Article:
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verb (used with or without object)
to attempt to influence or pressure by persuasion rather than by the exertion of force or one's authority, as in urging voluntary compliance with economic guidelines.
The slang use of jawbone, “to attempt to influence or pressure by persuasion rather than by force or authority as in urging voluntary compliance with economic guidelines,” originated in the U.S. Students of political history will associate it Lyndon Baines Johnson, who was a master of jawboning when he was Senate majority leader. Jawbone, a compound of jaw and bone meaning “a bone of the jaw,” entered English in the late 15th century.
Johnson had a legendary ability to “jawbone” members of Congress into accepting his positions ….
And if we think one goes too far, we initially try to jawbone the governors into rolling them back or adjusting them.
For some of us, our first (and only) encounter with eftsoons is in Samuel Taylor Coleridge’s Rime of the Ancient Mariner (1798), line 12, to be exact (if you get that far): “Hold off! unhand me, grey-beard loon!” Eftsoons his hand dropt he.” Eftsoons (also eftsoon), a very rare word, is a compound of the archaic adverb eft “again, a second time” and the adverb soon, expanded by the adverbial genitive -s (as in backwards and forwards). Eftsoons entered English before 1000.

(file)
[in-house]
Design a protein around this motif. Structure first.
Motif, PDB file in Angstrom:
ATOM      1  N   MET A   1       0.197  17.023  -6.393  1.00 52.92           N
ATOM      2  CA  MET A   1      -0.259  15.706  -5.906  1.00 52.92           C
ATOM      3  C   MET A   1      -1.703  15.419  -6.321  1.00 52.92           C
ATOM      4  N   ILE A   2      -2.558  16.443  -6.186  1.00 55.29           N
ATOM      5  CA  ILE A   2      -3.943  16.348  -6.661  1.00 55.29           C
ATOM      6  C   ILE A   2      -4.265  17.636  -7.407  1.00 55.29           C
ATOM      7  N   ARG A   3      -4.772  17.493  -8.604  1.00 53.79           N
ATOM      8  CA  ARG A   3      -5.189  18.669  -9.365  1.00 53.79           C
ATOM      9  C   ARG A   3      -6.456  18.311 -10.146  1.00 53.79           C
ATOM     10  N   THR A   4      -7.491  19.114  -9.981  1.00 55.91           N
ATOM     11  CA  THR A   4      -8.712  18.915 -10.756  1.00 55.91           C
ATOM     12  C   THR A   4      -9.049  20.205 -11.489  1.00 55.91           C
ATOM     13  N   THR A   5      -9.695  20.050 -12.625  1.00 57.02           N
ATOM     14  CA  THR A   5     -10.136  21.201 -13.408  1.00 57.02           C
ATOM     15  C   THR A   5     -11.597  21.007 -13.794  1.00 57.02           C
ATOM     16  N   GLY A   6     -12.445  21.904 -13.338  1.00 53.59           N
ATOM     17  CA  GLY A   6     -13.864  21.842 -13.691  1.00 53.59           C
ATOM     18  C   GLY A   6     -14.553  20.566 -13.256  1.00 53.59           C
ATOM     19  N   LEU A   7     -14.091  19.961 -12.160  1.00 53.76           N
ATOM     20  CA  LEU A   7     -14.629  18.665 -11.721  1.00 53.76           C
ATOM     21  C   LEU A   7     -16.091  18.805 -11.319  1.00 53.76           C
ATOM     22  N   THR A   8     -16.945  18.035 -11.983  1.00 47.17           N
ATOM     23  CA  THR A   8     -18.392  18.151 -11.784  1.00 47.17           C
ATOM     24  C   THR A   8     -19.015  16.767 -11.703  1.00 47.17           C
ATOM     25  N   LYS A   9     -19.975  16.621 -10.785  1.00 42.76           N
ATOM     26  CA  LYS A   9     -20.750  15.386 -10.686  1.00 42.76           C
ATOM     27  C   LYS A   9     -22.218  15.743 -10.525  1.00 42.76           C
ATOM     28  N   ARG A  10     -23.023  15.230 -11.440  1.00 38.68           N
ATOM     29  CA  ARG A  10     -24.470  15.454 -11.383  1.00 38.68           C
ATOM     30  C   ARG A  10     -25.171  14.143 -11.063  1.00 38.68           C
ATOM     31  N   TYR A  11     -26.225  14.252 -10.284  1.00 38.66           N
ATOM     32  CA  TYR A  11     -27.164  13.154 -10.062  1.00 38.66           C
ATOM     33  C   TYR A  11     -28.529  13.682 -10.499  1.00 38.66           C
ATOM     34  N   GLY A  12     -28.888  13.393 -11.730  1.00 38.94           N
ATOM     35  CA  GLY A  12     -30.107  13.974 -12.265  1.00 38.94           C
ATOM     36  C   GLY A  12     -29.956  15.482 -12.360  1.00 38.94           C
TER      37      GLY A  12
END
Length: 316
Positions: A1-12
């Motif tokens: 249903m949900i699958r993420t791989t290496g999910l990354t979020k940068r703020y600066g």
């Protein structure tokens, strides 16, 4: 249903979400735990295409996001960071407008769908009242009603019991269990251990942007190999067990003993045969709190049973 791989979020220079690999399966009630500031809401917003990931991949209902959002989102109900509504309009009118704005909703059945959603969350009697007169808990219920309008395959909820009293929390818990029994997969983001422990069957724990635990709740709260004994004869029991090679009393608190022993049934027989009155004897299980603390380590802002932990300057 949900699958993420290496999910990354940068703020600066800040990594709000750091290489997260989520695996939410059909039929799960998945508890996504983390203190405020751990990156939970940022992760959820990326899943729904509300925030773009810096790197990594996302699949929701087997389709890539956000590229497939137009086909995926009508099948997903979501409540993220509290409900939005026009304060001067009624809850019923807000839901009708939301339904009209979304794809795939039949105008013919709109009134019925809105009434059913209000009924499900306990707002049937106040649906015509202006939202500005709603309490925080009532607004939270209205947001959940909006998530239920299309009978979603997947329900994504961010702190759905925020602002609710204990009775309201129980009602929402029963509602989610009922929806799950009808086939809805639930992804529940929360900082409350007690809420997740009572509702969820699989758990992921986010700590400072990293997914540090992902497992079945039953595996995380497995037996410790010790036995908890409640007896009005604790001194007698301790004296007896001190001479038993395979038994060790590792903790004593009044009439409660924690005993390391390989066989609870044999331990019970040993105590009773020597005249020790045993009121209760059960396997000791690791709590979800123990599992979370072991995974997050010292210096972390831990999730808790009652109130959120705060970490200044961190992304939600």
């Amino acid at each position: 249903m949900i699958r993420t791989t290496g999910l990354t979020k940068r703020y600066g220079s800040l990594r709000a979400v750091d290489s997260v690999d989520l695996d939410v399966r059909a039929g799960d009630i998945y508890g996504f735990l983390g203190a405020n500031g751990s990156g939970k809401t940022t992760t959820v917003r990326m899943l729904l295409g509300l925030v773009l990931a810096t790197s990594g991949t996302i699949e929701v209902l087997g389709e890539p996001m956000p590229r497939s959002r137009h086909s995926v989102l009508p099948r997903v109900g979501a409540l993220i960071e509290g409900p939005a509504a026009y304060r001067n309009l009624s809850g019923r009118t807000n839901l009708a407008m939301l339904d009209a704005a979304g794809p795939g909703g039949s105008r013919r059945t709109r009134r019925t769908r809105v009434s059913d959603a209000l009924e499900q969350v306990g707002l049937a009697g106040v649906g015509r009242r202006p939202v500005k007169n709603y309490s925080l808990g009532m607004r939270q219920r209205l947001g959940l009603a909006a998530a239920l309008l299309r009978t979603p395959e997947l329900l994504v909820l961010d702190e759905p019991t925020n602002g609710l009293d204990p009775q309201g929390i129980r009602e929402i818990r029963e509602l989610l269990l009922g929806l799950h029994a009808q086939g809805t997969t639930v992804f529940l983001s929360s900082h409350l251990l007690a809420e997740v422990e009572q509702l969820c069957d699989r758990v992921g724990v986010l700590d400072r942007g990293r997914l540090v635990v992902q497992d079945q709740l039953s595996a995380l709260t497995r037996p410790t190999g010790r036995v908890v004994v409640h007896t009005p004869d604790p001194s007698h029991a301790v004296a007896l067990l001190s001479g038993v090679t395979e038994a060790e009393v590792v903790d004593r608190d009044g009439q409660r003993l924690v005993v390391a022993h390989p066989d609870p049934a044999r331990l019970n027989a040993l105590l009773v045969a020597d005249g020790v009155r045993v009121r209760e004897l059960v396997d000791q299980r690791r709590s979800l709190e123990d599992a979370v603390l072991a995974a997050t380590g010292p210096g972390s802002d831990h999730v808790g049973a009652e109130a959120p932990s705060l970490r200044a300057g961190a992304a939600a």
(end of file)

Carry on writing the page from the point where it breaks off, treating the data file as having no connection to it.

Eftsoons he made known his wants to the churl behind the desk, who was named Gogyryan. And thus he spake: “Any rooms?”
I am of this mind with Homer, that as the snail that crept out of her shell was turned eftsoons into a toad, and thereby was forced to make a stool to sit on disdaining her own house, so the traveller that straggleth from his own country is in short time transformed into so monstrous a shape that he is fain to alter his mansion with his manners, and to live where he can, not where he would.
compensation for damage or loss sustained.
Indemnity comes from Middle French indemnité, from Late Latin indemnitās (inflectional stem indemnitāt-) “security from financial loss.” Indemnitās is first recorded in the writings of the Imperial Roman jurists Sextus Pomponius and Ulpian. The root word of indemnitās is the noun damnum “financial loss, deprivation of possessions or property, a sum to be paid in restitution.” Damnum comes from an unrecorded dapnom, a noun derivative of the extended root dap-, from the Proto-Indo-European root dā– “to apportion in exchange.” The same root yields Latin daps “sacrificial meal, banquet,” Old Norse tafn “sacrificial animal, meal” (also from dapnom), Greek dapánē “cost, expenditure” and dáptein “to devour, consume,” Sanskrit dāpayate “he divides,” and Armenian tawn “feast” (from dapni-). Indemnity entered English in the 15th century.
I promise you indemnity for your loss, and an apology that shall, I trust, satisfy your feelings ….
On his arrival, as an indemnity for alleged insults offered to the flag of his country, he demanded some twenty or thirty thousand dollars to be placed in his hands forthwith ….